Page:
Sizing Up That 'Look of Love'
A stranger's gaze may mean a lot, a new study says
By E.J. Mundell
THURSDAY, April 21 (HealthDay News) -- When a woman walks into a crowded room, what her eyes do in the first few seconds may determine how attractive she is to any man meeting her gaze.
If she turns her eyes deliberately toward a particular man, he immediately rates her as more likeable and physically attractive, new research shows. If she glances at him but then turns her eyes away, that same man will rate her as considerably less sexy.
"Our impressions of others are influenced by these simple, nonverbal clues -- and we are not objective in our assessments," explained study author Malia Mason, a graduate psychology student at Dartmouth University.
That could mean that a man rates a woman as less attractive when she averts her gaze because he's feeling rejected, or, on the other hand, that he takes her disinterest in him as reflective of negative personality traits he assumes she must possess.
While the study couldn't answer that question, Mason said, "We do know that gaze is a very potent attentional cue. In fact, there's evidence that when someone looks at us, it's physiologically arousing, and there are these brain regions that get more engaged."
For meetings where sexual interest isn't an issue, gaze can simply make you focus more on the person and what he might be saying or doing. And in situations where romance is a possibility, it makes the mind race and the heart beat a bit faster.
"The clinical psychology literature shows that the No. 1 thing you can do to establish a relationship is simply look at the other person, especially when listening to them," explained Beverly Palmer, a professor of psychology at California State University, Dominguez Hills, and a noted expert in nonverbal communication.
"What researchers have usually studied is just whether you're gazing at a person or not. But the problem is that the interpretation of that gaze -- according to how long the gaze is -- can relate either to interest or hostility," she added.
The Dartmouth study, published in a recent issue of Psychological Science, may help fill in that research gap.
In the study, Mason and her colleagues had 43 college undergrads (24 women, 19 men) sit before a computer screen and view a series of faces of fashion models scanned from magazines. The images were computer-enhanced, however, so that they appeared to slowly turn their gaze toward, or away from, the viewer.
In the first experiment, the researchers asked the participants to rate the personal "likeability" of each of the women pictured.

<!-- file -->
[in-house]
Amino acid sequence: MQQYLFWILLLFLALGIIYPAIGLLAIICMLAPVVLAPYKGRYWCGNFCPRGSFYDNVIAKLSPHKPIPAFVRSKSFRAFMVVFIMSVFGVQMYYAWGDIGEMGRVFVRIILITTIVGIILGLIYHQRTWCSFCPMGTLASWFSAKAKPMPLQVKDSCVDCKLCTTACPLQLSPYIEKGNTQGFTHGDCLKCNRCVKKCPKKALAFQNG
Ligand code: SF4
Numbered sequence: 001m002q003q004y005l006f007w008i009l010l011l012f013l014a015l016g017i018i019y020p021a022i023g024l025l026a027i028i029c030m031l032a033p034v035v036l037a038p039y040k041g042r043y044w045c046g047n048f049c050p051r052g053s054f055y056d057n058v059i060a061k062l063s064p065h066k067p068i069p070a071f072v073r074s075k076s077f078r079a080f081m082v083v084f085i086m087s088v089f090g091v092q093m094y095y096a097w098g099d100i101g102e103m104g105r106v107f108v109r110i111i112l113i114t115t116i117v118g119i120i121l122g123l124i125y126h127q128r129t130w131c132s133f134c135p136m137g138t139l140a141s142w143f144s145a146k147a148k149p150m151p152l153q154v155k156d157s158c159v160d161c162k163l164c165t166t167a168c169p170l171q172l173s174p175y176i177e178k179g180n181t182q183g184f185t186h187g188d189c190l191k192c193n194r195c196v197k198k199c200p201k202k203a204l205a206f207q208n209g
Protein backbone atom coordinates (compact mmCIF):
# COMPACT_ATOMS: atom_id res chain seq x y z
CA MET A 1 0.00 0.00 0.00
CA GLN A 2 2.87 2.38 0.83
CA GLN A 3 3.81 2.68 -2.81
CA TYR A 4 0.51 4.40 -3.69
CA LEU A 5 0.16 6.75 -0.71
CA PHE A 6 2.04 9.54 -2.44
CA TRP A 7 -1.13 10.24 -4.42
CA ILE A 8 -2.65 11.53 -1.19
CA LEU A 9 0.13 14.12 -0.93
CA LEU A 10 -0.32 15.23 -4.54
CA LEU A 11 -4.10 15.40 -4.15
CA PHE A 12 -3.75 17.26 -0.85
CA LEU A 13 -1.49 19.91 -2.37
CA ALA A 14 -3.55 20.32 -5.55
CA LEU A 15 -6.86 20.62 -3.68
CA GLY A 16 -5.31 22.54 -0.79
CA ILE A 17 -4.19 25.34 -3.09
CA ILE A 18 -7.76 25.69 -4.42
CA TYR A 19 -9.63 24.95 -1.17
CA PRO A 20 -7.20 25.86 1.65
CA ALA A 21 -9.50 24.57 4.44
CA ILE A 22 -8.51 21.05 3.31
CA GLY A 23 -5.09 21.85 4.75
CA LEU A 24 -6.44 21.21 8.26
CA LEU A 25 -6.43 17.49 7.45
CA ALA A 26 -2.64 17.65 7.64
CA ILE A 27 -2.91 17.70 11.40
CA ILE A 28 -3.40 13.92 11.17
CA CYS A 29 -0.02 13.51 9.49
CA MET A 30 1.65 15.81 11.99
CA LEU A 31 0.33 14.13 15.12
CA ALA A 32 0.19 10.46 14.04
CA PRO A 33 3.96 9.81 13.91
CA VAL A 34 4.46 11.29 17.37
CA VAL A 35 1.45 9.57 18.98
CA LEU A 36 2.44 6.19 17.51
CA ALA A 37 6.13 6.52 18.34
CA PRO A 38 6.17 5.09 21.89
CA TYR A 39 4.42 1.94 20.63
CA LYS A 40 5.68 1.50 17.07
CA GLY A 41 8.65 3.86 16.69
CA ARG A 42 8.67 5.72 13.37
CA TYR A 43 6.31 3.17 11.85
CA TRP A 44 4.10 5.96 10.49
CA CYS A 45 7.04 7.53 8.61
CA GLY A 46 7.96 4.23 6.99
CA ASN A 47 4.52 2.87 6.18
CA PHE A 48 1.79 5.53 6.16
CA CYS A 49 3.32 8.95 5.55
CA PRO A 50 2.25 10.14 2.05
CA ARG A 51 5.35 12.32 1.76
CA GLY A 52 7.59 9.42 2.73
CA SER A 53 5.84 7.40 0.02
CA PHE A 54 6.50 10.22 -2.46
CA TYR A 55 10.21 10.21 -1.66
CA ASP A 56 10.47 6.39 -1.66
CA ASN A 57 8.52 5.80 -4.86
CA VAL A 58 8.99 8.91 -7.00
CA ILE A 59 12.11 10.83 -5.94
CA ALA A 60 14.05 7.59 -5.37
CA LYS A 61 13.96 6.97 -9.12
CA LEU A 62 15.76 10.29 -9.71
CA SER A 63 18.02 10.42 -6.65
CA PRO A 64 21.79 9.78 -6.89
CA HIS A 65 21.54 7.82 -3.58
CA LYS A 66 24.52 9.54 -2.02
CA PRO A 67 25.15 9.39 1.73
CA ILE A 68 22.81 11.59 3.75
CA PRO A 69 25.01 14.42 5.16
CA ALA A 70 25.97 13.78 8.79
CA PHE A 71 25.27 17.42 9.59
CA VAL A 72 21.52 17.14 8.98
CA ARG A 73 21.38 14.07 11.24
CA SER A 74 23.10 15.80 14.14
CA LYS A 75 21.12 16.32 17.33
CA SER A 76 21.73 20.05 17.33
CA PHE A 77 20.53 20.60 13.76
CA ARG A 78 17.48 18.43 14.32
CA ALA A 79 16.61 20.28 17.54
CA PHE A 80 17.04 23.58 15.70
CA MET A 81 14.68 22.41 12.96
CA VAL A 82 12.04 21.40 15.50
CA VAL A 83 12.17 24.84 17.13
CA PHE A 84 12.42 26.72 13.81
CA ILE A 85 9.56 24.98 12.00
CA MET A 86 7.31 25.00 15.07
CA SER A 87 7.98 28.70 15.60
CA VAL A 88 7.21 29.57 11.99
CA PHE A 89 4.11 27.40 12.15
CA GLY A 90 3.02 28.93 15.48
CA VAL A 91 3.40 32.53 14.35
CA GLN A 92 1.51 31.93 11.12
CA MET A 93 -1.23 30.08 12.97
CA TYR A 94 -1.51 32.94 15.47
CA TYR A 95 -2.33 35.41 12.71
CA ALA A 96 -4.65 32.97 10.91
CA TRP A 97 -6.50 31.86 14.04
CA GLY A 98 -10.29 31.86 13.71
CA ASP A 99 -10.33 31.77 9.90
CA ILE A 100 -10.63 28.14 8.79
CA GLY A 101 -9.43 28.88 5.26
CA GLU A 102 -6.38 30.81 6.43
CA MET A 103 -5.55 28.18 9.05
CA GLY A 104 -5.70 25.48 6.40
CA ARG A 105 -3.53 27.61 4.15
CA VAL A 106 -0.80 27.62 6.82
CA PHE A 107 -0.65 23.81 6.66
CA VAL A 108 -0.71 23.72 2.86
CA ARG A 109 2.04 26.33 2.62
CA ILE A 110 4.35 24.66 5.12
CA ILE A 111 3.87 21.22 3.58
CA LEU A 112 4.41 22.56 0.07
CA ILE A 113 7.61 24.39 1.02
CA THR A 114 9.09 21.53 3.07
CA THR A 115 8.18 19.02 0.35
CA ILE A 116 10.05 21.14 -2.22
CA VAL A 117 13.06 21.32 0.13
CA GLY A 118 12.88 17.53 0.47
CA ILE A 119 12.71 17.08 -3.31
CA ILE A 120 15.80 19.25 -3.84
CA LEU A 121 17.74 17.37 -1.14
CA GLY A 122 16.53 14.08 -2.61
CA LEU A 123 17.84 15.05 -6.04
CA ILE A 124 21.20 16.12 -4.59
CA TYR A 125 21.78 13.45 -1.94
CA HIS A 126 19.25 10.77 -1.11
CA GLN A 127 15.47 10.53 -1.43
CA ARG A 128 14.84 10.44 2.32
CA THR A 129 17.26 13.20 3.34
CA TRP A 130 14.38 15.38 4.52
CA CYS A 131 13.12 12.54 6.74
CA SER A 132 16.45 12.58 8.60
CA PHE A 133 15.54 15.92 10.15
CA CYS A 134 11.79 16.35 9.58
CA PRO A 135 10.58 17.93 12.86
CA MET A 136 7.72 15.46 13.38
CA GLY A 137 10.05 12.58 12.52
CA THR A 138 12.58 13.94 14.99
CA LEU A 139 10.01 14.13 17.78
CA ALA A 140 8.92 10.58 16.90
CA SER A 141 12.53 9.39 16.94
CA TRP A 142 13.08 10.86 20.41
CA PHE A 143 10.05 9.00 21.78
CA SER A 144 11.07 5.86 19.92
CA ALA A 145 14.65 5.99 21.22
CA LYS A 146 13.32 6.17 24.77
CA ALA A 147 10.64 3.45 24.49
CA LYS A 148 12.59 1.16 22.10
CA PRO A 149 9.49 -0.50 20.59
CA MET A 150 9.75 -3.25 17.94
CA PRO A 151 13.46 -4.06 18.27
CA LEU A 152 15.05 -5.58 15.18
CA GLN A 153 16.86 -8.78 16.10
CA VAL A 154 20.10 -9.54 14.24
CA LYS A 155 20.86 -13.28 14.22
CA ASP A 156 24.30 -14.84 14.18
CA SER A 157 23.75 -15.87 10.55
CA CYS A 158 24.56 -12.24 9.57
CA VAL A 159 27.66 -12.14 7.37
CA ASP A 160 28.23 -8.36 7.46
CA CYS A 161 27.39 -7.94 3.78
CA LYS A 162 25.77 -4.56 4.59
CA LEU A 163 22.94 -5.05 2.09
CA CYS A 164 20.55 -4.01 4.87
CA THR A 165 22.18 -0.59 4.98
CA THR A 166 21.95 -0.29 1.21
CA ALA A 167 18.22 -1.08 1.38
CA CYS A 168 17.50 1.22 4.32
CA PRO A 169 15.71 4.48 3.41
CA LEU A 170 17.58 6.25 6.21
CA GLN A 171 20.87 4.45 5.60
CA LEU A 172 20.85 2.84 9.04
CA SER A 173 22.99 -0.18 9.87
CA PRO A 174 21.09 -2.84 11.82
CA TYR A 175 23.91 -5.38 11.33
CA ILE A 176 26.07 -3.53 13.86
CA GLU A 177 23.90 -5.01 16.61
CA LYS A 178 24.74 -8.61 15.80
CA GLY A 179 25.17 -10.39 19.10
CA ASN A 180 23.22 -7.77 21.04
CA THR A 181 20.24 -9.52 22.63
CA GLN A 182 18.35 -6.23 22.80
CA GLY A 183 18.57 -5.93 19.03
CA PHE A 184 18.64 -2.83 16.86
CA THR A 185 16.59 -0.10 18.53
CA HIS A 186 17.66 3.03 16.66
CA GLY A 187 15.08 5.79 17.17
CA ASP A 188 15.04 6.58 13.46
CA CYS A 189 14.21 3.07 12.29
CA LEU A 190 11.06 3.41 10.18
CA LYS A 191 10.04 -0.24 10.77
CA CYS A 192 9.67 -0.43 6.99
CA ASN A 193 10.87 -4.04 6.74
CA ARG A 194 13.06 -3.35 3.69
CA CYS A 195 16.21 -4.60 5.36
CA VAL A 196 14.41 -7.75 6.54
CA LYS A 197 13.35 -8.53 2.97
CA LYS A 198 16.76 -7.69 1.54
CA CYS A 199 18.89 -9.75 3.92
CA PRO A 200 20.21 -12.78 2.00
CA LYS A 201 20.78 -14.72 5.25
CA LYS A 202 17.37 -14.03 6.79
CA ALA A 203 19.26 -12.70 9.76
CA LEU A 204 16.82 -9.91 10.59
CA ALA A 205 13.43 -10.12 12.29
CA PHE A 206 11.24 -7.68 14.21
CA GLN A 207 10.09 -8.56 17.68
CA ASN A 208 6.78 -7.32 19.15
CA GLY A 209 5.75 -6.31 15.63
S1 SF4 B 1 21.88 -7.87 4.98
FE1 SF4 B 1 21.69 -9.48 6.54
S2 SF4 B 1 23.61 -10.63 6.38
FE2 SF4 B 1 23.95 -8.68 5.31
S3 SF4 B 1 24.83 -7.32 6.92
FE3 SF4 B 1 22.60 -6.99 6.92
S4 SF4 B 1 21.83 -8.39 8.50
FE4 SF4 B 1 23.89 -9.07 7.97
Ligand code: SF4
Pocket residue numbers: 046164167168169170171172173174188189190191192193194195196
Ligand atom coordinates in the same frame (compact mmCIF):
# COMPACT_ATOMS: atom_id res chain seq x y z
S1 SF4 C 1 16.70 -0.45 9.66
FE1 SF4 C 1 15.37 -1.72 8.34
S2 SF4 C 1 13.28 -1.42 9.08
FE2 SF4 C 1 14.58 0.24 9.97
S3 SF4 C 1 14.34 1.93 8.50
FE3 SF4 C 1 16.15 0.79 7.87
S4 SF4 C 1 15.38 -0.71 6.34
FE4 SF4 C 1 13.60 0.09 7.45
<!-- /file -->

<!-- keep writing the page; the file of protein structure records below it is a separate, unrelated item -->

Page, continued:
They found that both male and female viewers rated women who averted their gaze as less likeable than women who turned their attention toward the viewer.
Gender differences emerged in a second experiment, however. In that exercise, the same participants were asked to rate the physical attractiveness of the models on their screens as they turned toward or away from them.
In this experiment -- focusing more on sexual interest -- male participants consistently rated models who averted their gaze as less beautiful, while models who turned their eyes toward them got much higher marks.
"But for female participants, ratings of attractiveness [for the models] wasn't moderated by direction of gaze," Mason said.
The study does have its critics. Dr. Doe Lang, a New York-based psychologist and author of The New Secrets of Charisma, said it's futile to focus on one piece of nonverbal communication to the exclusion of all others.
"There are many, many possible subtleties that aren't attempted at analysis or codification here," she said. "Are the eyebrows raised? Are the shoulders raised? What's the rest of the body doing? Just to have the head turn and the gaze is far too simplistic."
And Palmer said it'd be interesting to know what happens when women view males in a similar context. "Because we know, for instance, that in heterosexual relationships physical attractiveness, as a quality, is rated much more importantly by men than it is by women," she said.
She also agreed that the findings don't say much about why people are judged more harshly when their eyes communicate disinterest.
"You could say 'Oh, she doesn't like me because I'm not good-looking, I'm too short,' etc," Palmer said. This type of reaction is called an internal attribution, with the viewer suspecting that the averted gaze reflects badly on the viewer.
Or he could make an external attribution, which disparages the other person, instead. In this "sour grapes" scenario, the man interprets the woman's averted gaze to mean that "'she is not a person I'd want to get to know, because she's hostile,'" Palmer said.
What is sure is that gaze matters. According to Palmer, the most charming individuals use eye contact to their advantage -- as she found out in a recent face-to-face with former President Bill Clinton.
"He was speaking here in L.A., and I had an opportunity to meet him," she said. "He makes immediate eye contact, and sustains it correctly while he is listening."
According to Palmer, that means that Clinton quickly sets his gaze on you, averting it only occasionally and at proper intervals, because holding a gaze too long can signal hostility.
The result? "He's actually 100 percent more charismatic than he comes across in any kind of media," she said. "You feel like you're the most important thing to him at that particular moment."
For more on the psychology of attraction, check out the University of California, Berkeley.
SOURCES: Malia Mason, graduate student, psychology, Dartmouth University, Hanover, N.H.; Beverly Palmer, Ph.D., professor, psychology, California State University, Dominguez Hills; Doe Lang, Ph.D., psychologist, New York City; March 2005 Psychological Science
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